We also get to see his true character when he helps Chase even after the ruse is over. It also goes to show that S.T.O.R.M. isn't entirely made up of bad people, sort of like how Karl Schubaltz of Zoids: Chaotic Century's strong honor code revealed that perhaps the Empire isn't really evil after all. Then again, he could just as easily be like the idealistic Emma Sheen tangled within the corrupt Titans from Zeta Gundam. Remember that "Idealism vs Cynicism" thing I mentioned in my video? Well, Jon Ace is already experiencing that conflict.

So, unlike the pilot of Redakai that made me hate everybody, I at least found a character I enjoyed watching. I hope Jon Ace will be a frequent sight in this show and that any other members of S.T.O.R.M. will have good diversity as well. I suppose when Chase recovers from the shock of episode 1, and stops using "Crag" as a replacement for cursing, I'll like him more.

At least the characters are believable: Chase acts like how a frightened kid caught up in a situation he doesn't understand would act; he's scared and a bit selfish. Odds are this conflict will force him to grow up fast. Jon Ace acts as a bastion of honor in the army of S.T.O.R.M. with Trey being the cynicism with questionable morals, sort of like Schubaltz and Marcus from Zoids (Heck, Trey even LOOKS like Marcus...)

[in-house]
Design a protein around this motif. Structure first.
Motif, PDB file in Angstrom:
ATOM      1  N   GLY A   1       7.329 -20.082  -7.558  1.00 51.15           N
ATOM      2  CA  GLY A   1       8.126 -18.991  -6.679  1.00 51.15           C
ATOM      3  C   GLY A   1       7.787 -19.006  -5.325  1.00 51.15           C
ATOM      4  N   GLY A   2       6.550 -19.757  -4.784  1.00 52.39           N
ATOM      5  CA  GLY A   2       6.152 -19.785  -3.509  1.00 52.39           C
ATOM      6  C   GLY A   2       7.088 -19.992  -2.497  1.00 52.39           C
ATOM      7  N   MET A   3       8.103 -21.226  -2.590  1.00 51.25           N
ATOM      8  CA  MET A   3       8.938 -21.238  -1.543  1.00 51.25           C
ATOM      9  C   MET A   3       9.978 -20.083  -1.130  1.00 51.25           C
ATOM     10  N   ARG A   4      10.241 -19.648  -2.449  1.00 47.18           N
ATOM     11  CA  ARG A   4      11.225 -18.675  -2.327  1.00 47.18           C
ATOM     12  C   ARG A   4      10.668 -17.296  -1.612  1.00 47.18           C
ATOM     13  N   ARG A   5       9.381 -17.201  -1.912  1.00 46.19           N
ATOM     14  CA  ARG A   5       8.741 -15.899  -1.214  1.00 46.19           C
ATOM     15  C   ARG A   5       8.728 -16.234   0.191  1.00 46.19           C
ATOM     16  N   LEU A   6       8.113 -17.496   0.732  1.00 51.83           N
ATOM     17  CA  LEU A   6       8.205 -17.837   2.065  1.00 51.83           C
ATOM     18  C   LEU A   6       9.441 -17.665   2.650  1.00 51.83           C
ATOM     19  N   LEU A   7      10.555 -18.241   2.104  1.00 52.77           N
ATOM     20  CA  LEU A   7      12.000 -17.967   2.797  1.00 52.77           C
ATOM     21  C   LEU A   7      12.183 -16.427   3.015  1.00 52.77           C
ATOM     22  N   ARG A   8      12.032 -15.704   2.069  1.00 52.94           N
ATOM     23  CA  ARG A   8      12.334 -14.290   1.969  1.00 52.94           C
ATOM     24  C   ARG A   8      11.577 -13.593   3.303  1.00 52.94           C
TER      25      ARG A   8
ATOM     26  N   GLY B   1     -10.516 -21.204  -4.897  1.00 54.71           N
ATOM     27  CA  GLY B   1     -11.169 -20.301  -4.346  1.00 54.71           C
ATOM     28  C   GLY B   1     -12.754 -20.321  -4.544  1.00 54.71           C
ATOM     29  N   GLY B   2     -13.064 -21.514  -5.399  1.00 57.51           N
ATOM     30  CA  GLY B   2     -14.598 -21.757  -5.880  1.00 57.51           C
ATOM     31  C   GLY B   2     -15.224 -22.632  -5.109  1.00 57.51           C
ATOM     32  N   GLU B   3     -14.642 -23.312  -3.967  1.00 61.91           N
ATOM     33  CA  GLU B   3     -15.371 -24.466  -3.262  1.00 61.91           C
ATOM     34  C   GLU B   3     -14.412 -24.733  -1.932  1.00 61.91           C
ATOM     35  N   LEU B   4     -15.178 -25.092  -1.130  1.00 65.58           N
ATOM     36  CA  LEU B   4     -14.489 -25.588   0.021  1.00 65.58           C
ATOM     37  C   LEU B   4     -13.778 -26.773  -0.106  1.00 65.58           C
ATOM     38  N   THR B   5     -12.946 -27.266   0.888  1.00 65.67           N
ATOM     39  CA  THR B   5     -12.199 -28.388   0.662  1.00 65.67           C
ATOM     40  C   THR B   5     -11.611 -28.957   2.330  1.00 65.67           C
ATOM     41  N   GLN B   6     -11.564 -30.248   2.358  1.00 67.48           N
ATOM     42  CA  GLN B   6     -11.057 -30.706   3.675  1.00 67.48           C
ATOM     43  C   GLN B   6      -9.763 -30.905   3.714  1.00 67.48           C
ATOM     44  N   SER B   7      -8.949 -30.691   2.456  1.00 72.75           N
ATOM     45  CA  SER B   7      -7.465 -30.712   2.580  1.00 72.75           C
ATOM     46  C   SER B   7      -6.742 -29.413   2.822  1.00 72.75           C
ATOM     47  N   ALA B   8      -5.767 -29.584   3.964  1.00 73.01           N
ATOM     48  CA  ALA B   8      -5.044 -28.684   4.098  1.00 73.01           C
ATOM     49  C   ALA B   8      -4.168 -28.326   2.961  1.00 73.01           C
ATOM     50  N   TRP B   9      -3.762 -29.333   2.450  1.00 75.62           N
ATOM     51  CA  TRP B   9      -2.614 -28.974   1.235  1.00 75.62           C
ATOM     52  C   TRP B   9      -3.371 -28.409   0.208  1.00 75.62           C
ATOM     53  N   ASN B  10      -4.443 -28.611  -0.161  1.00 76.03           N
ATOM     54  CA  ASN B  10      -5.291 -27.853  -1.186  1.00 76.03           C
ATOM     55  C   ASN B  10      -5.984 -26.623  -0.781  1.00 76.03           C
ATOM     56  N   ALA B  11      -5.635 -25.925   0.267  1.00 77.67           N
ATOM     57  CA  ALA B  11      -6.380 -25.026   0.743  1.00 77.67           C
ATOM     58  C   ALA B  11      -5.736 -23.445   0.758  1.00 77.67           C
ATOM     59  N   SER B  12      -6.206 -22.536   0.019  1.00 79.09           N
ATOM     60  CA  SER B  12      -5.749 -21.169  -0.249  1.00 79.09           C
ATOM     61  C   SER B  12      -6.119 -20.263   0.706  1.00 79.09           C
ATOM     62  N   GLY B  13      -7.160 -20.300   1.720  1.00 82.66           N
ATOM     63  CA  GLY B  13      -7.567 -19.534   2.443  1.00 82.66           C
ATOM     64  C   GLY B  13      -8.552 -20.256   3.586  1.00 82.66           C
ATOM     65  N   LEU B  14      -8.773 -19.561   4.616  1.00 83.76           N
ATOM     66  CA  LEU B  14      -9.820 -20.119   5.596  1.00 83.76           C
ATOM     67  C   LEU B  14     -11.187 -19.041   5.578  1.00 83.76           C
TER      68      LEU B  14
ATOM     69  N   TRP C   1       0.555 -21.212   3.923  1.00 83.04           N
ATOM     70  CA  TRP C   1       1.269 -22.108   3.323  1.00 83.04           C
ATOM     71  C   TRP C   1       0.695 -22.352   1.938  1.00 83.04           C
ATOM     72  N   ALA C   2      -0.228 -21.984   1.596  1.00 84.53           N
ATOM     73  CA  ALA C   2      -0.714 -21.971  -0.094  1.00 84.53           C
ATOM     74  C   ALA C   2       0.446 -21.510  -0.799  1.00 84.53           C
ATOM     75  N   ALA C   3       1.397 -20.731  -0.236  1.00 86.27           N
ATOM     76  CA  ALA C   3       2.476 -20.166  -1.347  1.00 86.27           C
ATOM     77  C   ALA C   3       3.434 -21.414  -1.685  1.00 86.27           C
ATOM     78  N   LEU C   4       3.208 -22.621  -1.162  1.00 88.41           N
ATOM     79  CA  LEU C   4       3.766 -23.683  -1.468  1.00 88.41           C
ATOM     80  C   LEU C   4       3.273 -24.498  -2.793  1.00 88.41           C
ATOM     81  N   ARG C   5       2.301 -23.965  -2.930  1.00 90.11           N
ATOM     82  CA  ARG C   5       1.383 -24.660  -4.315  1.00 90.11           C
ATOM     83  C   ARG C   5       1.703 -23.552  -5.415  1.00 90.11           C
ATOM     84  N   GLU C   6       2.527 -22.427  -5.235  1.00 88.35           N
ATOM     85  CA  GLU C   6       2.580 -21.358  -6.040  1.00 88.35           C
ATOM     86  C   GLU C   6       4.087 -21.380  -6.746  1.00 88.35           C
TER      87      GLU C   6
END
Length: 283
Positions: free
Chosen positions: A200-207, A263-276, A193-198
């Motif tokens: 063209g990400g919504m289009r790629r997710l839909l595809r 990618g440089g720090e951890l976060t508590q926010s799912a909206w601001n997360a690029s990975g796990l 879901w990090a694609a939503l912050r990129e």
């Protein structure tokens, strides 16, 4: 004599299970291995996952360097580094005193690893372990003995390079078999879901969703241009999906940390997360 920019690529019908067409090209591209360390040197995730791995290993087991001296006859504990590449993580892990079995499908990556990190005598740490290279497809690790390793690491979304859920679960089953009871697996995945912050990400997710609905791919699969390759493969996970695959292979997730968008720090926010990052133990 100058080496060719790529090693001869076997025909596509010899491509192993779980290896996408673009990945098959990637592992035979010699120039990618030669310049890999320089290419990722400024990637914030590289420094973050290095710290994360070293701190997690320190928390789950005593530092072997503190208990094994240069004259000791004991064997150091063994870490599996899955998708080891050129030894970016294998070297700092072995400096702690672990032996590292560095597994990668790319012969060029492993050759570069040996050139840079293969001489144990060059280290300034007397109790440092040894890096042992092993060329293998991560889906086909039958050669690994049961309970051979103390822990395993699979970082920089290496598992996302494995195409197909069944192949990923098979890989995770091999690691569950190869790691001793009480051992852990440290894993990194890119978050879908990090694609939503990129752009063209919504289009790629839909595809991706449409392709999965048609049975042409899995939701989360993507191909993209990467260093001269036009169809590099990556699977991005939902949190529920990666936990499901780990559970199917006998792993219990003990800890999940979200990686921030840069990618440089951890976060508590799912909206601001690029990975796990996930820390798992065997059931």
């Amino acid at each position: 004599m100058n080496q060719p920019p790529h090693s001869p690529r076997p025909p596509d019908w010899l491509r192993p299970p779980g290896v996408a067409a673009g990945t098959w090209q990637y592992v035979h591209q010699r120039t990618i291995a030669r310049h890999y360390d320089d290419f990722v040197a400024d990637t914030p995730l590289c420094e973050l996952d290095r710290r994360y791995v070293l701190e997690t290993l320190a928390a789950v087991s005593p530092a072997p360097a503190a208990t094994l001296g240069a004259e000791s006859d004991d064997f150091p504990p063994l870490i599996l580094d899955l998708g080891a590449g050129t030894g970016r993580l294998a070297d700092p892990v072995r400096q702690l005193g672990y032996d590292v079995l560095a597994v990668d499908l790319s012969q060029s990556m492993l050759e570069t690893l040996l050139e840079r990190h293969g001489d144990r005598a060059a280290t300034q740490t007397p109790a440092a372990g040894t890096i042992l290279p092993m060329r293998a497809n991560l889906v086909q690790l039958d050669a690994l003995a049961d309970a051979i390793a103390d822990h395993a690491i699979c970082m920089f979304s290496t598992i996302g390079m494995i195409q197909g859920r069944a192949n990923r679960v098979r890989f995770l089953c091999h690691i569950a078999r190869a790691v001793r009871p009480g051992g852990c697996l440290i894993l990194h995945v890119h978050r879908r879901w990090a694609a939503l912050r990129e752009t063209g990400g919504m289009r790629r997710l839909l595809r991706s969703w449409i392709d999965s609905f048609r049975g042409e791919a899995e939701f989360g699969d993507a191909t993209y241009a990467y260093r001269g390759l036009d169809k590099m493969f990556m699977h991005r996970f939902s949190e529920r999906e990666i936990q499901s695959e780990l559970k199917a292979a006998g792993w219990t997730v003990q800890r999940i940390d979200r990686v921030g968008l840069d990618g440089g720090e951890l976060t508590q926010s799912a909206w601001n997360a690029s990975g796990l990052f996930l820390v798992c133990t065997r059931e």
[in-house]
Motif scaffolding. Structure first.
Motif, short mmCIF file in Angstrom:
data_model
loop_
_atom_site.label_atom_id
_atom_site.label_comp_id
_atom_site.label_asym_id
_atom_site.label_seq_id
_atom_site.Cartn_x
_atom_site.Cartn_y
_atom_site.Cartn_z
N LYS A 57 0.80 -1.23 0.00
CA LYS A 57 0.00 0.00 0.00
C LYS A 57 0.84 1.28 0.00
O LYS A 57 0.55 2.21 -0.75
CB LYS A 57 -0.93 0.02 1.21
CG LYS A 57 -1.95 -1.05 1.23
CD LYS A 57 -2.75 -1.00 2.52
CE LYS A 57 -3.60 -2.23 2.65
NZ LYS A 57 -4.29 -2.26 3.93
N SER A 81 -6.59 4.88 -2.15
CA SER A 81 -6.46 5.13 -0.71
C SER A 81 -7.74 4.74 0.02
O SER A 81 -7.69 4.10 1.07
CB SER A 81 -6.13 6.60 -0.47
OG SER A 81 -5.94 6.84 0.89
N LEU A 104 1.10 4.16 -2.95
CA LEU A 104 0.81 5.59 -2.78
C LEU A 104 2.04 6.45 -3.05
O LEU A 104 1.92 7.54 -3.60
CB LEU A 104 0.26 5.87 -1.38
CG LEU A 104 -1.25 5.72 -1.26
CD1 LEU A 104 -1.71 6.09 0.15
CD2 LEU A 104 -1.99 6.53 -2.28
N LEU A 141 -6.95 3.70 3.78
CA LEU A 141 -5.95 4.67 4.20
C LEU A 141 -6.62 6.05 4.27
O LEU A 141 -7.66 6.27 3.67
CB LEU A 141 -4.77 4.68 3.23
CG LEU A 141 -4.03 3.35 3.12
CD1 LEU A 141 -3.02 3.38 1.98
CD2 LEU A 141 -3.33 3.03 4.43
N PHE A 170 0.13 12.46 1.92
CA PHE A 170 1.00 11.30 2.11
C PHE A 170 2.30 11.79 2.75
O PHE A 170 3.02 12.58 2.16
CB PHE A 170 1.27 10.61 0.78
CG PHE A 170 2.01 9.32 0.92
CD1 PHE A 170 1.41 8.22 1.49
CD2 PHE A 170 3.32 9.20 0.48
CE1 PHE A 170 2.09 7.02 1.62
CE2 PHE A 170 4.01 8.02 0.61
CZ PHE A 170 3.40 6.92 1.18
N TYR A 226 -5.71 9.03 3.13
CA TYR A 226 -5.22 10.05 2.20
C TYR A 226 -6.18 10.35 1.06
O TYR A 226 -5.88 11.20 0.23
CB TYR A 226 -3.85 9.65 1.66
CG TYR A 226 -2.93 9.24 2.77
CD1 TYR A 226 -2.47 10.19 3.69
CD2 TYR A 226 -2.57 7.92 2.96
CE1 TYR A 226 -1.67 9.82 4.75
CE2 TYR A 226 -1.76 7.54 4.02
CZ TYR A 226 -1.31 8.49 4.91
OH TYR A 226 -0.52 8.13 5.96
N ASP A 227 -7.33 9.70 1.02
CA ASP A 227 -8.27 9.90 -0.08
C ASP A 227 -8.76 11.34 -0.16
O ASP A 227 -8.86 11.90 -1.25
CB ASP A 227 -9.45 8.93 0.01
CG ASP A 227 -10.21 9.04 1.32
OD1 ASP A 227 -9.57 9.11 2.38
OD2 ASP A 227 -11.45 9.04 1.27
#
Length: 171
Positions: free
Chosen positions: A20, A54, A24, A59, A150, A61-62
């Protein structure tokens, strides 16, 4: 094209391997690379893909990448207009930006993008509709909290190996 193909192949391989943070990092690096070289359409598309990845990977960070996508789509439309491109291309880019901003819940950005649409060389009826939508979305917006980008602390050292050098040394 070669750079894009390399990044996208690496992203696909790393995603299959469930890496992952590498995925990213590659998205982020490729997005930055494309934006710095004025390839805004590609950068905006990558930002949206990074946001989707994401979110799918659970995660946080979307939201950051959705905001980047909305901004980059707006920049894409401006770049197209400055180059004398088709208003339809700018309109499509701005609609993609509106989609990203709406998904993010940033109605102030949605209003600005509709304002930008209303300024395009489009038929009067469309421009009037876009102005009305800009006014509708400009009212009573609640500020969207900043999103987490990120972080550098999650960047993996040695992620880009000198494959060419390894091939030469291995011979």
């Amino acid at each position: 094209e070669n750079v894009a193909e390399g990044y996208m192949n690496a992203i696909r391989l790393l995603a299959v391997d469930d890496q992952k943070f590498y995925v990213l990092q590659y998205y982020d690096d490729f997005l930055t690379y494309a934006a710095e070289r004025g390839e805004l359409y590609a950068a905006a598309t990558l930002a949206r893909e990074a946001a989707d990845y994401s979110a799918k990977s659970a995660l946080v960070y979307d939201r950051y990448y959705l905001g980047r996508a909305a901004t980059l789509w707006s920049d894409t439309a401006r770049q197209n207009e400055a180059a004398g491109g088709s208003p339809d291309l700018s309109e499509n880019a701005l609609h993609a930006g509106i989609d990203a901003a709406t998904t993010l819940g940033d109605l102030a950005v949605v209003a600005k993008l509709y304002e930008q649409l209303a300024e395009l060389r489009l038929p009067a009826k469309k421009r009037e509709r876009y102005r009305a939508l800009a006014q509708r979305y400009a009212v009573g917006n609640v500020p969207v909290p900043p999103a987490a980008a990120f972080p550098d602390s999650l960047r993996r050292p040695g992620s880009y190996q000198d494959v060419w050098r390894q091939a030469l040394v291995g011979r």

It's also easy to understand why S.T.O.R.M. would have a strong reaction to Jeredy's work. Monsuno are likely considered WMD's, and if somebody you funded said "I'm gonna make one of these WMD's for my teenage son," you'd probably flip out, too...

There are also some things we learn beyond how Monsuno work in the pilot episode:

* Core-Tech is a subsidy of S.T.O.R.M.
* Chase, Jinja and Bren know how to rough it, but they are almost out of supplies.